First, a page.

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Working together - linking sustainability and tax - EY - United States

Working together
Linking sustainability and tax to reduce costs

It is imperative that the tax function be well integrated in any company’s sustainability strategy.

Environmental sustainability is of growing importance to companies.

Identifying relevant tax opportunities and issues, including:

  • Incentives
  • Credits
  • Grants
  • Subsidies

can help an organization fund its environmental sustainability initiatives and enhance its bottom line.

Tax directors must work hand in hand with chief sustainability officers (CSOs) and others responsible for sustainability initiatives to understand the potential impacts at all levels of the organization.

A recent Ernst & Young LLP Environmental Sustainability Tax Survey gauged the level of involvement of business tax departments with their companies’ broader corporate environmental and sustainability initiatives. The survey included responses from 223 senior executives at companies of various sizes and industries.

Of the respondents, 19% were CSOs while 81% were tax directors or their equivalent. Responses from each group were sometimes vastly different. For example, only 28% of tax directors believe their company has a sustainability strategy or is developing one, compared to 90% of CSOs.

The survey results show room for improvement in sustainability efforts integration. Only 16% of companies that either have or are developing an environmental sustainability strategy said their tax or finance departments are actively involved.

Furthermore, 30% of respondents did not know whether their companies had a sustainability leader.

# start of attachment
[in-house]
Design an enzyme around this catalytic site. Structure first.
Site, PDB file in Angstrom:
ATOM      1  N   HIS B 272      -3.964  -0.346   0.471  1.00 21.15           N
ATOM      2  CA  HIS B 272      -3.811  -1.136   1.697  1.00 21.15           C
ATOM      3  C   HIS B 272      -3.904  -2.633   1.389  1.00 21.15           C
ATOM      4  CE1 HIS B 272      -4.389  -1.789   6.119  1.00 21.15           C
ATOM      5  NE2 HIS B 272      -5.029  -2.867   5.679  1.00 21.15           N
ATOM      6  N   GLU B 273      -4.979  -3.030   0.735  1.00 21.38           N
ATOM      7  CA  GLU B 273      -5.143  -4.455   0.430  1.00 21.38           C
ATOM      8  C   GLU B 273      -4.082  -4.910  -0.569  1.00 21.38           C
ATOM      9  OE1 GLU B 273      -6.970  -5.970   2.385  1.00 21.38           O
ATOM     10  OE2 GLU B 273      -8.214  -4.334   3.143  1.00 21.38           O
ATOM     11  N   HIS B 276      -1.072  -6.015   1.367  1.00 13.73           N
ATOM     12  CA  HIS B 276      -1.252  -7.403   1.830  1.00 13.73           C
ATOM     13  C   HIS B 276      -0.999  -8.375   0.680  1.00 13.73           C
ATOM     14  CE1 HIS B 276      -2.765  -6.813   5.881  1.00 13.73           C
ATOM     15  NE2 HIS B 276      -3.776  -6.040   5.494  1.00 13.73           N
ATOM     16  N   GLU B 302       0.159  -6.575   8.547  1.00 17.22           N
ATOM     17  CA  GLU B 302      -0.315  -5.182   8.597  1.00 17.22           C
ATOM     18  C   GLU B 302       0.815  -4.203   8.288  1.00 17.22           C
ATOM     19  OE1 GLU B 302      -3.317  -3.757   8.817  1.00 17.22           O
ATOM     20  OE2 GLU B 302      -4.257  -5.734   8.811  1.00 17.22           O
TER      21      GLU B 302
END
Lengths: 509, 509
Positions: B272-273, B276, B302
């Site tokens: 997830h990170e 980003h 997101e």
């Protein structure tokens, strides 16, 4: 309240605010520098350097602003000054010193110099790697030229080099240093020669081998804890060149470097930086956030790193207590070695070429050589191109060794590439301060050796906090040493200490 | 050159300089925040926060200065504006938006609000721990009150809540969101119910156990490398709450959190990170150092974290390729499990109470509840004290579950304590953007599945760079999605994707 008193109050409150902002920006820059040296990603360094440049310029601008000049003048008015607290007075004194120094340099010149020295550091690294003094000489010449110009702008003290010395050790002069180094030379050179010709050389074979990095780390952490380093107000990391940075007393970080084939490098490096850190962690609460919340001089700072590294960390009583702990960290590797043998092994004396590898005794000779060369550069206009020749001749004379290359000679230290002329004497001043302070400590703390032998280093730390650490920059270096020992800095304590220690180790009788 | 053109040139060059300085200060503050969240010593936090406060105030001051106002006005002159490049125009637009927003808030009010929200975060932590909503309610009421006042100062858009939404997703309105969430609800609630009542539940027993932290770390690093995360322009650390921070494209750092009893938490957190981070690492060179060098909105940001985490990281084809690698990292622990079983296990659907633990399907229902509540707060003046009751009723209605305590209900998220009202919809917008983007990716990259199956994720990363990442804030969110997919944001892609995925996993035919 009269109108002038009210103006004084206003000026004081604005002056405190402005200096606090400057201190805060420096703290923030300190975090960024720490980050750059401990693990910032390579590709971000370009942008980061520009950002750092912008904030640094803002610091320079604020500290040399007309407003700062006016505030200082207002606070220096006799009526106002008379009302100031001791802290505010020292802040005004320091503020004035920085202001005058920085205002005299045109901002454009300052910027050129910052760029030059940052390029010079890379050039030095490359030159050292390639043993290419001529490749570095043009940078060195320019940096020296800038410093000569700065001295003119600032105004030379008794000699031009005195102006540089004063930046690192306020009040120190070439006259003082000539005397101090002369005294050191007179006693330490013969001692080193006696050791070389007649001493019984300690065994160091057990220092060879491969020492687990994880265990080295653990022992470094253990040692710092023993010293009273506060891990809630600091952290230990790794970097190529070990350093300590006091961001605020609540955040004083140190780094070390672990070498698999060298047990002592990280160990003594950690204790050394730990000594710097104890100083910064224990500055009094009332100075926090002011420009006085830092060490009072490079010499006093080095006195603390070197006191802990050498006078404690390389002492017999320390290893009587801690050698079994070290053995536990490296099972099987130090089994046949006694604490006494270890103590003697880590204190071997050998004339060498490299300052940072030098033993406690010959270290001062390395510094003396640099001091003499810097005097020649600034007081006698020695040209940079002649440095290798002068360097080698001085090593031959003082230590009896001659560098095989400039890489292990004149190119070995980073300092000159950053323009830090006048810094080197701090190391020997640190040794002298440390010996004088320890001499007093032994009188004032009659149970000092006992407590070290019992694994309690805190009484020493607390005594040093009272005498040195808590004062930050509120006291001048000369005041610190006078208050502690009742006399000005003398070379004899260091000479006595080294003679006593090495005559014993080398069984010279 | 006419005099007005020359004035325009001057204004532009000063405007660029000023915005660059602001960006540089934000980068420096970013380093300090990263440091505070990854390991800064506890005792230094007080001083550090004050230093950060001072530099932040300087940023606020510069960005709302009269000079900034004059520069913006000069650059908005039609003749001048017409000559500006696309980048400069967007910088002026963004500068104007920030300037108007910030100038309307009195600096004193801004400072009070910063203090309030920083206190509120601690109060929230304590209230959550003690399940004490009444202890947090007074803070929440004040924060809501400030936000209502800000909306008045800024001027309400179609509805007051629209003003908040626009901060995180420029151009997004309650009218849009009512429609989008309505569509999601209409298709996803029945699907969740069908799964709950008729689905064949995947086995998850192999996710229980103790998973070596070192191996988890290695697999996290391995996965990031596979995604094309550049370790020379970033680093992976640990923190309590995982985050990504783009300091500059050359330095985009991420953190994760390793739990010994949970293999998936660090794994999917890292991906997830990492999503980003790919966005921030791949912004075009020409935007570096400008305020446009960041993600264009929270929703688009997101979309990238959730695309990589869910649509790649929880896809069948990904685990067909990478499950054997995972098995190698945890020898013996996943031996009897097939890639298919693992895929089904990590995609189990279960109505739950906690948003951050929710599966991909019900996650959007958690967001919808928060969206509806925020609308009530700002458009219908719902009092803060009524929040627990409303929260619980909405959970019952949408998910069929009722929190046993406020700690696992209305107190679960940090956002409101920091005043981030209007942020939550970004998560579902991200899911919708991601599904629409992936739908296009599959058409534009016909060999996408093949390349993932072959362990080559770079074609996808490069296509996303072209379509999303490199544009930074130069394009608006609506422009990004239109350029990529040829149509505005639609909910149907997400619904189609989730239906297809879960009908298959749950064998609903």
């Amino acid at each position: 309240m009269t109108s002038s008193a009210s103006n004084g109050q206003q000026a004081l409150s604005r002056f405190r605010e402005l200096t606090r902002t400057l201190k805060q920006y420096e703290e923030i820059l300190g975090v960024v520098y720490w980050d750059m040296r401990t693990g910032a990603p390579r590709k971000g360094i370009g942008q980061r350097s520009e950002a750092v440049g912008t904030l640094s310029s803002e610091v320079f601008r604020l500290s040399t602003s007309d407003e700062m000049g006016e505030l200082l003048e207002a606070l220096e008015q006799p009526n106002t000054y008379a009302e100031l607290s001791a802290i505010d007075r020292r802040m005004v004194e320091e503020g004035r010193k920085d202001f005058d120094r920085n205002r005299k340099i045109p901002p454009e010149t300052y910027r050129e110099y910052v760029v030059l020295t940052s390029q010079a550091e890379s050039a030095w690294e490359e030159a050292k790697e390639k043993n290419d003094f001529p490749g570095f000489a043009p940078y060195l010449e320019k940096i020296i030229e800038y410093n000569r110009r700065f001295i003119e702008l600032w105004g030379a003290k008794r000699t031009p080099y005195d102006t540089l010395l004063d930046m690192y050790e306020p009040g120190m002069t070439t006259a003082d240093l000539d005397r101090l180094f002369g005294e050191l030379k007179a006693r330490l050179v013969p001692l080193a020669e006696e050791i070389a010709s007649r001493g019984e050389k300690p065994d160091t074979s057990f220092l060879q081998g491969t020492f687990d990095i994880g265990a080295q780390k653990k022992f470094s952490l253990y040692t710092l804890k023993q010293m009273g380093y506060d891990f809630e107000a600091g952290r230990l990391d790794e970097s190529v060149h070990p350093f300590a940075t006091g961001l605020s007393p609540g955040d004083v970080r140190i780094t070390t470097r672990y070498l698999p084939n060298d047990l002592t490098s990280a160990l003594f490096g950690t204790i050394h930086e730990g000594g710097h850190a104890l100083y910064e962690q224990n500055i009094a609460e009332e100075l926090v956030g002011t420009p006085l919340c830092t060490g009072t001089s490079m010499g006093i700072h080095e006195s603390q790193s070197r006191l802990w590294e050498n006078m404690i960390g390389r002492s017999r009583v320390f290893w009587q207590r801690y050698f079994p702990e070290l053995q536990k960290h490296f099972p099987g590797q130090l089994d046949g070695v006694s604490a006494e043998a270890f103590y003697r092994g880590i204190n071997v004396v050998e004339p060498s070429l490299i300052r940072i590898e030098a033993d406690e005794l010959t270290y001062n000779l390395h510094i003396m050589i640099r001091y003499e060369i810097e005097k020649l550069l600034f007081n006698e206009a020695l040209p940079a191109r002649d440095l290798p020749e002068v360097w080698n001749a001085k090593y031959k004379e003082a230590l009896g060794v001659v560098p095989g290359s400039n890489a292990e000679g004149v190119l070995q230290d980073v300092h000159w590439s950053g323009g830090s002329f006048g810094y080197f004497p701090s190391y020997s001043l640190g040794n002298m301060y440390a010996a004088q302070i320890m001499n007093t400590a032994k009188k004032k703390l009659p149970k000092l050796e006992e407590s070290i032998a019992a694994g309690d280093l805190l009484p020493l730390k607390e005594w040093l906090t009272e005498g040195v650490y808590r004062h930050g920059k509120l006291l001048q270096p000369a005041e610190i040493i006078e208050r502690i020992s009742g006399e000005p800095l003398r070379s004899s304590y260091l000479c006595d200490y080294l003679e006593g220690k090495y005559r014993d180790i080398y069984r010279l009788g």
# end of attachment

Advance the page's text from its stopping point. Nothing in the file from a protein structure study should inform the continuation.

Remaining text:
Organizations that take a holistic approach to sustainability, with management buy-in and communication among all relevant departments, are best able to identify tax incentives and opportunities that can reduce the costs and improve the return on investment (ROI) of their sustainability programs.

Enhancing the effectiveness of their sustainability programs
Companies should consider adopting best practices, including the following:

  • Integrating and communicating the sustainability strategy and goals across all departments and levels within the company
  • Ensuring the tax department communicates with the sustainability, facilities and operations departments
  • Aggregating sustainability expenditures with general capital expenditures

Missed opportunities
While 17% of respondents said their companies were aware of and use available incentives to reduce costs related to environmental sustainability initiatives, 37% were unaware of any such incentives.
A company can effectively communicate sustainability initiatives and identify incentive opportunities throughout the organization by framing the discussion in broad categories:

  • Reduce consumption of natural resources and carbon emissions
  • Switch to alternative energy and fuel sources
  • Innovate and develop new clean technology and less carbon-intensive or low-emission products and services to meet the demands of the transforming economy
  • Offset carbon emissions

By implementing these communication best practices and using the “Reduce, Switch, Innovate, Offset” (RSIO) framework, companies will be able to identify more incentives and tax credit opportunities related to their sustainability initiatives, improving their ROI and allowing for additional green investments.







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  • Steve Starbuck
    Climate Change and Sustainability Services Leader
    +1 704 331 1980

  • Paul Naumoff
    Global Leader, Sustainability and Cleantech Tax Services
    +1 614 232 7142

  • Dominick Brook
    Manager, Tax Credits and Incentives Advisory Services
    +1 614 232 7376
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